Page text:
Students will have a chance to sample international food and dance to traditional music on Court Street this weekend.
The annual International Street Fair will take place Saturday at 11 a.m. The event will be hosted by the International Student Union and will feature food, performances and activities from about 25 member organizations.
“It gives me pleasure that the domestic students … get to experience different food and different cultures in just a one-stop shop,” Hashim Pashtun, the president of ISU, said. “It’s like, ‘OK, we did something different to give that experience.’ ”
If You Go
What: International Street Fair
When: 11 a.m., Saturday
Where: Court Street
The event is part of International Week, an annual, weeklong celebration of international culture. Even though the event falls during Easter weekend, Pashtun, a doctoral student studying civil engineering, is not concerned about turnout.
“The street fair always conflicts with something,” Pashtun said. “It’s either Number Fest, or some fest, or Moms Weekend or Easter weekend. Still, the number (of organizations participating) is pretty high.”
The event is a way for many member organizations to raise money for next year’s events, so they do not hire any outside vendors, Michael Grossi, the programming director for ISU, said. Each organization makes traditional food themselves to sell to attendees.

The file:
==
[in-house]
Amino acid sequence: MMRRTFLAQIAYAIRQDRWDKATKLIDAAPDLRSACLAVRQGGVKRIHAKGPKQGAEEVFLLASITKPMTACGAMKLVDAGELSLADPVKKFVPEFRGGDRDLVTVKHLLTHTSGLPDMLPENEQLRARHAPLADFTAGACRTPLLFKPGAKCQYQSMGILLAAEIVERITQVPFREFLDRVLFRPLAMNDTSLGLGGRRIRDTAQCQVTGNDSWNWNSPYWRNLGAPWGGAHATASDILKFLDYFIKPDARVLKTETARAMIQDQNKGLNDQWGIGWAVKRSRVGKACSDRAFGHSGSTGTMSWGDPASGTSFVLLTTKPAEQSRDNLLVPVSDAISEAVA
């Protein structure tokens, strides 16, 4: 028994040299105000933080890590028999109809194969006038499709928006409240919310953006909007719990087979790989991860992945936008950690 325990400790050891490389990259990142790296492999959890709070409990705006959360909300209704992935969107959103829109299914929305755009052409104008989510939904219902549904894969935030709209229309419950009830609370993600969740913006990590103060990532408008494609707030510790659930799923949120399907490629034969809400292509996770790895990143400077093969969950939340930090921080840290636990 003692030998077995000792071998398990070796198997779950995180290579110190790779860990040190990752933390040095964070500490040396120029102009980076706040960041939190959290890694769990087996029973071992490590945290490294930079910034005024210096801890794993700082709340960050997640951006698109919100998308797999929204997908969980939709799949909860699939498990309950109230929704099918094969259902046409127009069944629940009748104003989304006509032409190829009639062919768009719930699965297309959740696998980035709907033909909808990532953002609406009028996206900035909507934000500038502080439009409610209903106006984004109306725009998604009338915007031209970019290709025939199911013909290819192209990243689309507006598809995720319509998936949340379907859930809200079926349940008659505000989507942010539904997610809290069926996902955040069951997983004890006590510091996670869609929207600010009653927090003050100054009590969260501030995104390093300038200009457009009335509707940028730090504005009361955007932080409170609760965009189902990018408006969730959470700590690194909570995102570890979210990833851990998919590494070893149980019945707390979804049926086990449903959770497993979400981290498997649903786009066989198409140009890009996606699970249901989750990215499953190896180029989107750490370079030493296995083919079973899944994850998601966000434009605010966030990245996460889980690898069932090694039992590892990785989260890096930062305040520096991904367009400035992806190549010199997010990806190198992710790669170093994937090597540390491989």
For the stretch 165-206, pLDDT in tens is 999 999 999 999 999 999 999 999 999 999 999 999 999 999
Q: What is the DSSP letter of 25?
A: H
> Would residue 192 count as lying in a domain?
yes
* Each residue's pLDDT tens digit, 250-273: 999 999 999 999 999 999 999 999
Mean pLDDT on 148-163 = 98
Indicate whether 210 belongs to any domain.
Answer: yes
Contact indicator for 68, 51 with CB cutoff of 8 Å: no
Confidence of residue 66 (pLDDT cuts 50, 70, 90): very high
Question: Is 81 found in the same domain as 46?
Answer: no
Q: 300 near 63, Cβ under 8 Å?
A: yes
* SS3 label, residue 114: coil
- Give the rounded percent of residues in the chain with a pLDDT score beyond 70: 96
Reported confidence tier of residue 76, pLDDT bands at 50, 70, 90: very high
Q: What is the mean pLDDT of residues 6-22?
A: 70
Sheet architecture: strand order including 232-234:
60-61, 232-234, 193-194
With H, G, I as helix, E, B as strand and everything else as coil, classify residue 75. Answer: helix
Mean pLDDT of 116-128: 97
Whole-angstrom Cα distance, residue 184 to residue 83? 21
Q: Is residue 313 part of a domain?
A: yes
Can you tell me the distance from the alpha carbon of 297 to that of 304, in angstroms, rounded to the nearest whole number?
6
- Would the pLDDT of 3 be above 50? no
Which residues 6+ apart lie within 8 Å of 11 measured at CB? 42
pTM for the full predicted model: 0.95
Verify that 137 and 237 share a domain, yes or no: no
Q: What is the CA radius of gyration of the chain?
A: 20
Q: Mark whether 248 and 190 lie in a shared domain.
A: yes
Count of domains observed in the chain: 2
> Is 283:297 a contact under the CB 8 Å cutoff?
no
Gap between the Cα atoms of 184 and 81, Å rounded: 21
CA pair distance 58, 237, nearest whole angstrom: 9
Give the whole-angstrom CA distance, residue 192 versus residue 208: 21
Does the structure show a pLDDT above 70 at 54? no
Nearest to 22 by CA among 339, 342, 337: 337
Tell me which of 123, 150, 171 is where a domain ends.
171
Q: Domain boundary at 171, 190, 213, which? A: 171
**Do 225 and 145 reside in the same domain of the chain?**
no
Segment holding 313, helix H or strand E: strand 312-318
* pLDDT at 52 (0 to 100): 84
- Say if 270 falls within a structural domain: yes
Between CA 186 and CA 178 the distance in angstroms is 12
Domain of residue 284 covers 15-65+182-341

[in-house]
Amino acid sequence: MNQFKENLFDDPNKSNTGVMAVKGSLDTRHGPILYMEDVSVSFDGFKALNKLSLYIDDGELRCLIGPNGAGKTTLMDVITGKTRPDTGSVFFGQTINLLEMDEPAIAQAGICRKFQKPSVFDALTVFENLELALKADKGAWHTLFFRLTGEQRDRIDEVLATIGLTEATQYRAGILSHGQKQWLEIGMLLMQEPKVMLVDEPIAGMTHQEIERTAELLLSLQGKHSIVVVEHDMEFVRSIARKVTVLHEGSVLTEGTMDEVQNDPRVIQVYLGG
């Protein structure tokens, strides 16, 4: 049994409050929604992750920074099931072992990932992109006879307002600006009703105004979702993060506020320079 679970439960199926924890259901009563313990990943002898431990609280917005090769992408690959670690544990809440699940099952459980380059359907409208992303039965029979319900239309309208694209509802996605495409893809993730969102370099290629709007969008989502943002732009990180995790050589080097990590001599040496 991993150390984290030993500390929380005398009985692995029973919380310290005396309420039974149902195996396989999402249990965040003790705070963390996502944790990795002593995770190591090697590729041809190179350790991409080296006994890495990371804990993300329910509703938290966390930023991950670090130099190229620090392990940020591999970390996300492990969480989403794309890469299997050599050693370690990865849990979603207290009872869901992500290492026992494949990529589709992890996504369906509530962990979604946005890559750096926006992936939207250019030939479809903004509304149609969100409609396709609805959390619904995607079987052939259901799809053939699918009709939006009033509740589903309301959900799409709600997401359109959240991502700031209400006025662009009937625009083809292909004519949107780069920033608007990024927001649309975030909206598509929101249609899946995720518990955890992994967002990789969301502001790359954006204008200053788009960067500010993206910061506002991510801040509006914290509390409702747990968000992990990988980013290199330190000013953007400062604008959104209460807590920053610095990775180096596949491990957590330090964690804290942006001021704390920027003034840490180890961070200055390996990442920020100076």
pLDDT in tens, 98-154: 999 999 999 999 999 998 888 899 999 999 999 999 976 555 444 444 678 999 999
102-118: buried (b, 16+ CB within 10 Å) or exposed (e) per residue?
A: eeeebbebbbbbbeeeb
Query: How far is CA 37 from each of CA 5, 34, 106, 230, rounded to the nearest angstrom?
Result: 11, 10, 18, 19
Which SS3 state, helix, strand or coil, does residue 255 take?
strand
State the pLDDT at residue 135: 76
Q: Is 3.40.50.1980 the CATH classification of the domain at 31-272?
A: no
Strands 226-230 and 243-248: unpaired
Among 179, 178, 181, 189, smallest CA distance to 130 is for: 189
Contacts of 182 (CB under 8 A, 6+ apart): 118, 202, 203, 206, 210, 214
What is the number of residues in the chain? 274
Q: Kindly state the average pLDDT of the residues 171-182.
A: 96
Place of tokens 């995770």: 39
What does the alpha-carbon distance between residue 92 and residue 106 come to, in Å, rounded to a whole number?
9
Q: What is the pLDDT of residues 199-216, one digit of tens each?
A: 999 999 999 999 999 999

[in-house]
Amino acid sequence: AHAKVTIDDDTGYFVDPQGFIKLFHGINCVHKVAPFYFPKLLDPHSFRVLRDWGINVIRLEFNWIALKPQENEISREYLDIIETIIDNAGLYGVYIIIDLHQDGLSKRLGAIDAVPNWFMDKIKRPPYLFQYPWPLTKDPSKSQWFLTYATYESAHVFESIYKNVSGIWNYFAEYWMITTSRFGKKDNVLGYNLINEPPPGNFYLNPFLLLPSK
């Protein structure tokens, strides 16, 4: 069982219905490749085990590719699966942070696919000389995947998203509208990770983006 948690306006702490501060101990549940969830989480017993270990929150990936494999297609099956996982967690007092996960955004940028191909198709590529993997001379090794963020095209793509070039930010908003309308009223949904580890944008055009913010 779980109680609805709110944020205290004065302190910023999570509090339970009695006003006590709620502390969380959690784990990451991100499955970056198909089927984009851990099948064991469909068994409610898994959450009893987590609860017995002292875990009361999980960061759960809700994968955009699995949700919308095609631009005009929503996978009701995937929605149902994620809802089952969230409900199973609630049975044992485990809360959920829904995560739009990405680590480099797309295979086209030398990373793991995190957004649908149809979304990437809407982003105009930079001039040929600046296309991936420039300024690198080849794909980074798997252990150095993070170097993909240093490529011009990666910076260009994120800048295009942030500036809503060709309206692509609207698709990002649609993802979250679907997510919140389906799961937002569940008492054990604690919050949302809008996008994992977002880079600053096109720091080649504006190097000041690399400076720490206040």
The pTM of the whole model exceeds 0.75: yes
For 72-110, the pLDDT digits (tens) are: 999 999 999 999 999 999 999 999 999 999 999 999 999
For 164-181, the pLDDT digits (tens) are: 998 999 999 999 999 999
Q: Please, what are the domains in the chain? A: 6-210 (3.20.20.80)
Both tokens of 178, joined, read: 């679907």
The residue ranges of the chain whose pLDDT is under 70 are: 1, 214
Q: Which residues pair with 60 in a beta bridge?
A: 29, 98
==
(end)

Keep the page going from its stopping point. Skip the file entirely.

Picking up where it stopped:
Pashtun said his favorite part is eating food and dancing to international music on Court Street, which “rarely happens.”
One new element of the fair will be a scavenger hunt, Grossi, a senior studying marketing, said. Because some people might be timid to approach tables that feature cultures that are unfamiliar to them, a scavenger hunt will encourage people to visit each table. There will be a clue at every table and participants will get a chance to enter a raffle to win one of five prizes after they have gone to each table.
“I think it’s a really great thing to support,” Grossi said. “We don’t have a huge international population when you are comparing to other colleges in the U.S., but I think Athens community is a great area, and there’s so much culture throughout the local businesses.”
The event will also be compliant with ISU’s no-waste initiative by maintaining stability without compromising quality, Pashtun said. ISU took steps during Fall Semester to try to be as sustainable as possible during all events and in day-to-day activities, according to a previous Post report.
Some of the dishes that will be available include a traditional Chinese egg dish and a noodle dish by two Chinese student organizations, and a meat dish by the Turkish Student Organization, Yvonne Yan, the programming director of ISU, said.
“Every year we just keep doing it because we just want to spread multiple cultures to the campus,” Yan, a senior studying strategic communication, said.
Carla Triana, the president-elect of ISU, is emceeing the event, and she is excited to try different international foods.
“You have to bring like $50 just for all the food because it’s so good,” Triana, a senior studying international business, said.
It is important for both domestic and international students to attend an event such as the street fair to learn and interact with cultures different from their own, Yan said.
“People really need to know what’s going on … in the world,” Yan said. “I really recommend … American students come to the street fair (because) it’s really a cool experience. You can see and experience (many) different cultures at the same time.”